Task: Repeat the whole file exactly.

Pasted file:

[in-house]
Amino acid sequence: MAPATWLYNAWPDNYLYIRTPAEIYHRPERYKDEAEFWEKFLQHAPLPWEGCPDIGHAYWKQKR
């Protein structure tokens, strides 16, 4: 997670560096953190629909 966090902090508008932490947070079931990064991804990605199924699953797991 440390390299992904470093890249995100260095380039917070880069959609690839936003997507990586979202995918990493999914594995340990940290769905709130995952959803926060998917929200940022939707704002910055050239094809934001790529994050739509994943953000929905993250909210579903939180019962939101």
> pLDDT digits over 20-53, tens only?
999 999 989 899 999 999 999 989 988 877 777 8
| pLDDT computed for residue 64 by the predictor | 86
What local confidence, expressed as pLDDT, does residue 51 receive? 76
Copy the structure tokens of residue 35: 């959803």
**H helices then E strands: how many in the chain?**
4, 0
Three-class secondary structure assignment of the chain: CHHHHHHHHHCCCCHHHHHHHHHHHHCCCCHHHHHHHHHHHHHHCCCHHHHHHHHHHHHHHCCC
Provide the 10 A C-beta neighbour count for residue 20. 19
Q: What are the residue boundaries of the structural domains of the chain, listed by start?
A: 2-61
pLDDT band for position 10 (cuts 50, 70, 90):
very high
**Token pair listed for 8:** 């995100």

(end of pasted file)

[in-house]
Amino acid sequence: MAPATWLYNAWPDNYLYIRTPAEIYHRPERYKDEAEFWEKFLQHAPLPWEGCPDIGHAYWKQKR
């Protein structure tokens, strides 16, 4: 997670560096953190629909 966090902090508008932490947070079931990064991804990605199924699953797991 440390390299992904470093890249995100260095380039917070880069959609690839936003997507990586979202995918990493999914594995340990940290769905709130995952959803926060998917929200940022939707704002910055050239094809934001790529994050739509994943953000929905993250909210579903939180019962939101």
> pLDDT digits over 20-53, tens only?
999 999 989 899 999 999 999 989 988 877 777 8
| pLDDT computed for residue 64 by the predictor | 86
What local confidence, expressed as pLDDT, does residue 51 receive? 76
Copy the structure tokens of residue 35: 């959803």
**H helices then E strands: how many in the chain?**
4, 0
Three-class secondary structure assignment of the chain: CHHHHHHHHHCCCCHHHHHHHHHHHHCCCCHHHHHHHHHHHHHHCCCHHHHHHHHHHHHHHCCC
Provide the 10 A C-beta neighbour count for residue 20. 19
Q: What are the residue boundaries of the structural domains of the chain, listed by start?
A: 2-61
pLDDT band for position 10 (cuts 50, 70, 90):
very high
**Token pair listed for 8:** 């995100």